2. Satyam’s Aftermath: In response to the Satyam fraud, the Indian government launched an inquiry, intervening with a new board to oversee the company’s sale within 100 days. The board collaborated with financial experts to devise a selling strategy. Tech Mahindra eventually acquired Satyam for Rs. 58 a share, marking a substantial drop from its peak valuation of Rs. 36,600 crore to Rs. 5600 crore.

On January 9, 2009, when Raju confessed, Satyam’s stock plummeted from an all-time high of Rs. 542 to an astonishing Rs. 6.30. Shareholders suffered a loss of $2.82 billion, and the stock, which peaked at US$ 29.10 on the NYSE, traded at approximately US $1.80 by March 2009.

3. Legal Consequences and Investigations: Mr. Raju faced criminal charges, including criminal conspiracy, breach of trust, and forgery. PwC, the auditing firm, came under scrutiny, impacting shares of nearly 100 PwC clients. The Satyam revelation, echoing Enron’s impact, led to a 5% fall in the Sensex index. Investors grew wary of PwC’s clients, causing share prices to drop by 70% for Satyam.

4. Investigation Proceedings: The Satyam scandal triggered investigations involving multiple authorities, courts, and regulations. Criminal charges were filed against various individuals associated with Satyam, including Mr. Raju, his brother, the former managing director, and the CFO. Auditors, including PwC, were detained and charged with fraud. Civil complaints were filed in the United States, and Indian politicians faced scrutiny. Pending civil and criminal lawsuits showcase the multifaceted legal repercussions stemming from the Satyam fraud.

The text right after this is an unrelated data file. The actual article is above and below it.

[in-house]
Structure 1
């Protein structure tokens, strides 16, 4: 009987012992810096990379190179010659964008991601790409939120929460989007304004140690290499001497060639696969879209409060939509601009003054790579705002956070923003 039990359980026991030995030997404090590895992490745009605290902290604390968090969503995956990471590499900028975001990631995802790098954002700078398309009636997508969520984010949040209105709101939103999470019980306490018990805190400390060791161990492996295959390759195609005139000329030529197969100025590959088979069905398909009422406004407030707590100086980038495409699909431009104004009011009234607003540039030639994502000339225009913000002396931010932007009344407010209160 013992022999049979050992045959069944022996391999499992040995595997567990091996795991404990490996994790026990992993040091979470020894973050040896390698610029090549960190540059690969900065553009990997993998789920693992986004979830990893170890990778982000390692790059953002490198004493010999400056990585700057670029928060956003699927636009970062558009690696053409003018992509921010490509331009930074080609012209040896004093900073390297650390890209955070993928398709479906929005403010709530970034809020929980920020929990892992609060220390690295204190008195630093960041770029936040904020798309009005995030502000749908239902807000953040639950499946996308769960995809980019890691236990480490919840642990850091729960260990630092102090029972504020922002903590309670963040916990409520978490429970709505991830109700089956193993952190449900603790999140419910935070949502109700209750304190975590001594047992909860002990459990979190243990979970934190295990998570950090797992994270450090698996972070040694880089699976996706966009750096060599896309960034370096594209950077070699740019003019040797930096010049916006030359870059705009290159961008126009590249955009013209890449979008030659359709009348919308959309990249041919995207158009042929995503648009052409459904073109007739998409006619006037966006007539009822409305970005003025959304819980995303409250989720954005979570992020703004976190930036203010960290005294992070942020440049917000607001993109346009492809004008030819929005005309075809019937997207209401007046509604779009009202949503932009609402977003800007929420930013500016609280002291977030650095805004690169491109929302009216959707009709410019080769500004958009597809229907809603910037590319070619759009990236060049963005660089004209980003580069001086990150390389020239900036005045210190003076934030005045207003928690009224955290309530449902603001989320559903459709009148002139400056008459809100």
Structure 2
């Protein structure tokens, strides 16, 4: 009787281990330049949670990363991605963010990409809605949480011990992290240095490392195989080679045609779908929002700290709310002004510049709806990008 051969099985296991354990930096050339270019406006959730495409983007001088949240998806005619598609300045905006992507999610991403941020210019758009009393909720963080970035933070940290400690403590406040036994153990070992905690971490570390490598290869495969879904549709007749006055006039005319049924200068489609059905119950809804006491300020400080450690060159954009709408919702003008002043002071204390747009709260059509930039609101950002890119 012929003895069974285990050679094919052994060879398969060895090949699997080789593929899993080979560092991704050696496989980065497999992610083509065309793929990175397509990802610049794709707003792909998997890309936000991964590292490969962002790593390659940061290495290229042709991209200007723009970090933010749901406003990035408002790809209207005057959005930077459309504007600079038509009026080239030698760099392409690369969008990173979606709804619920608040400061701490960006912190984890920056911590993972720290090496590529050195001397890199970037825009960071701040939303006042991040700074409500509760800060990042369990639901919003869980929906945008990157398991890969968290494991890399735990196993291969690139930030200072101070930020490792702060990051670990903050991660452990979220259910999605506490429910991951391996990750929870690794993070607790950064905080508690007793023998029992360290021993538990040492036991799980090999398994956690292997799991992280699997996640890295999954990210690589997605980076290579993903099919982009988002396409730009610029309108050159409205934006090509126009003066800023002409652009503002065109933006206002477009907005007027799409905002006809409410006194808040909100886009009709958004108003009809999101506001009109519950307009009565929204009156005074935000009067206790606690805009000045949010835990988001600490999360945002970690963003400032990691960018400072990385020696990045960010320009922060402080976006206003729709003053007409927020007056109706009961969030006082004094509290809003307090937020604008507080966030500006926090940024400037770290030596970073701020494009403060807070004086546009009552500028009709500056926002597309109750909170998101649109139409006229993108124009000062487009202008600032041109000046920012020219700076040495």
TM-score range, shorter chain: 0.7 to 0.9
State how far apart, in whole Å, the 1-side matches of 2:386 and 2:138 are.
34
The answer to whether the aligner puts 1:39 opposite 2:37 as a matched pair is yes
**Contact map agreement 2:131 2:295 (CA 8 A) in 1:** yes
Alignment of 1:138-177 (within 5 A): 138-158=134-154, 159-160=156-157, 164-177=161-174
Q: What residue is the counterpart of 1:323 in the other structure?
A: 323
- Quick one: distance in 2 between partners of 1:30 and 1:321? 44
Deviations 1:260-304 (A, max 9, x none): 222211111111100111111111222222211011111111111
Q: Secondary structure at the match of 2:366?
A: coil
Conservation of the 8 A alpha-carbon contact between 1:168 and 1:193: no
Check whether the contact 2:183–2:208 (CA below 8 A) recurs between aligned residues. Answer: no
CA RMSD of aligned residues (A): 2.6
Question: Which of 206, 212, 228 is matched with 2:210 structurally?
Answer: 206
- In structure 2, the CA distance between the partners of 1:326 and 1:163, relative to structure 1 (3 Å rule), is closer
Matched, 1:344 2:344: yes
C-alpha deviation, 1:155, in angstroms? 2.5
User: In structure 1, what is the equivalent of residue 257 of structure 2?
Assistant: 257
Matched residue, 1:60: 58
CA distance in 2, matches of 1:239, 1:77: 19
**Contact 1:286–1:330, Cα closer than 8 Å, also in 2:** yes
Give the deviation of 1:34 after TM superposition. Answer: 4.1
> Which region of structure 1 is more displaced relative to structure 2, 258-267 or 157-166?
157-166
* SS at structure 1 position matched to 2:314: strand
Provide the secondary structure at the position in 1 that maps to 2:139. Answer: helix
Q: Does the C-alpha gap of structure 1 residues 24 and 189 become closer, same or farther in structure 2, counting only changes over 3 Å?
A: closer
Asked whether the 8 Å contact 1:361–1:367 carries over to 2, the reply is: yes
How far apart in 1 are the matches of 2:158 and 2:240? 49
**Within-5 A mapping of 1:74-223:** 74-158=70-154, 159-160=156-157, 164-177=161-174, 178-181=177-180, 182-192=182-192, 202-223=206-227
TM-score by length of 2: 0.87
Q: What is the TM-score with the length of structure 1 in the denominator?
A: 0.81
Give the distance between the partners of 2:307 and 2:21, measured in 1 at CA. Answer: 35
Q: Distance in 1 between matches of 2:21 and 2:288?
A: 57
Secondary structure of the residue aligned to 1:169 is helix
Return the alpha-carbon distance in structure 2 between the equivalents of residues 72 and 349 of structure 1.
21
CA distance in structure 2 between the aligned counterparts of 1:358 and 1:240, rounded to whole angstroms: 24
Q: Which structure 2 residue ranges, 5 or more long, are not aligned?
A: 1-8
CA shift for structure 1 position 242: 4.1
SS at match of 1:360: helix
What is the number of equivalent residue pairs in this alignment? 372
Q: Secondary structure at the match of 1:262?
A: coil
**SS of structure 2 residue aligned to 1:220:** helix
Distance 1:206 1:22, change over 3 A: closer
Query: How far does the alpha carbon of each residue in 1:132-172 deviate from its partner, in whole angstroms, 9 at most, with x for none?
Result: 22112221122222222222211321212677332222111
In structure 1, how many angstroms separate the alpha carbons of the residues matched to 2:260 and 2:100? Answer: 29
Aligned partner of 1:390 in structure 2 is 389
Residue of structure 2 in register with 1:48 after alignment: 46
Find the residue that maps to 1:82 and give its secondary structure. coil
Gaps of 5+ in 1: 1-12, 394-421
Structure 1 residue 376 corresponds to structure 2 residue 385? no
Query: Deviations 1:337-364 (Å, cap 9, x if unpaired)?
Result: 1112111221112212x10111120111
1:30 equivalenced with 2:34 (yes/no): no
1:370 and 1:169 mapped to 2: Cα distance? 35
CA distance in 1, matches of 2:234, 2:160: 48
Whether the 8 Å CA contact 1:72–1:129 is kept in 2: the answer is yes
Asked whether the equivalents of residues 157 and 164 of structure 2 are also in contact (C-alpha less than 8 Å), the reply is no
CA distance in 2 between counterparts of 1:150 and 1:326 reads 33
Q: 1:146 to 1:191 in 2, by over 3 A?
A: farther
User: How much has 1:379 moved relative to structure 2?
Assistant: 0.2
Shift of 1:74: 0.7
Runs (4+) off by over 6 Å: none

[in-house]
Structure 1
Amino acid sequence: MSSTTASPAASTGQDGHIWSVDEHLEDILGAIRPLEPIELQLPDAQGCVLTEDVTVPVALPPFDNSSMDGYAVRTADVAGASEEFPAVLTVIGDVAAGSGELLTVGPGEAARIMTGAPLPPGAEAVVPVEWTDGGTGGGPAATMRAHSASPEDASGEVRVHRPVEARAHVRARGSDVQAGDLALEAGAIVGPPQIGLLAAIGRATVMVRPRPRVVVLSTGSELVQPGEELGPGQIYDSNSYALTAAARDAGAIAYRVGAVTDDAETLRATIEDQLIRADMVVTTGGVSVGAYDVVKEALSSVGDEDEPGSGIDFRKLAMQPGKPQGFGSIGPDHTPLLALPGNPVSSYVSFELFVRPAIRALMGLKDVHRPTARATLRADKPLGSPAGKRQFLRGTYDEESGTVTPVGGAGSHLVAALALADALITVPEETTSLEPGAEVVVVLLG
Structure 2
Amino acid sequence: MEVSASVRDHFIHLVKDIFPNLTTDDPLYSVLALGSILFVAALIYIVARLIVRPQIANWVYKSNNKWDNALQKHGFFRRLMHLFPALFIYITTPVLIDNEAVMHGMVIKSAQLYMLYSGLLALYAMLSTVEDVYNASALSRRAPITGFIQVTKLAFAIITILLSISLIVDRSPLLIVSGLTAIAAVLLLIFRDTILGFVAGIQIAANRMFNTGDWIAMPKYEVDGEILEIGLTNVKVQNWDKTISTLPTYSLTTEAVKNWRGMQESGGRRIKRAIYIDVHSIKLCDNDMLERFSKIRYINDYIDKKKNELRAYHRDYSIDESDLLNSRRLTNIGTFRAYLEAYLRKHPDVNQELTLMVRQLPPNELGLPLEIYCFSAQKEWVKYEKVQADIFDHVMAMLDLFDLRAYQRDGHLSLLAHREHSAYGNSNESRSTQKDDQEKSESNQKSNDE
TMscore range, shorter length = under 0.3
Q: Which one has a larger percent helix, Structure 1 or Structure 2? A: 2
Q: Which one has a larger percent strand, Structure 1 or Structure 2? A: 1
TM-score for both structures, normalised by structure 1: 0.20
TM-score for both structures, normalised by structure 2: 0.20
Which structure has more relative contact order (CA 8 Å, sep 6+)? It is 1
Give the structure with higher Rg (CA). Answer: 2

India’s Regulatory and Corporate Governance Reforms Post-Satyam Scandal

The Satyam scandal of 2009 exposed the vulnerabilities in India’s legal and financial systems, prompting significant reforms. The aftermath of the scandal saw the introduction of several reforms aimed at strengthening regulatory frameworks and enhancing corporate governance.

 The key reforms include:

  1. Regulatory Enhancements:
    • SEBI Initiatives: Investors and authorities advocated for a robust regulatory environment. SEBI responded by augmenting corporate governance standards and financial reporting rules for publicly traded companies.
    • IFRS Implementation: SEBI reaffirmed its commitment to the implementation of International Financial Accounting Reporting Standards (IFRS), aligning India with global accounting standards.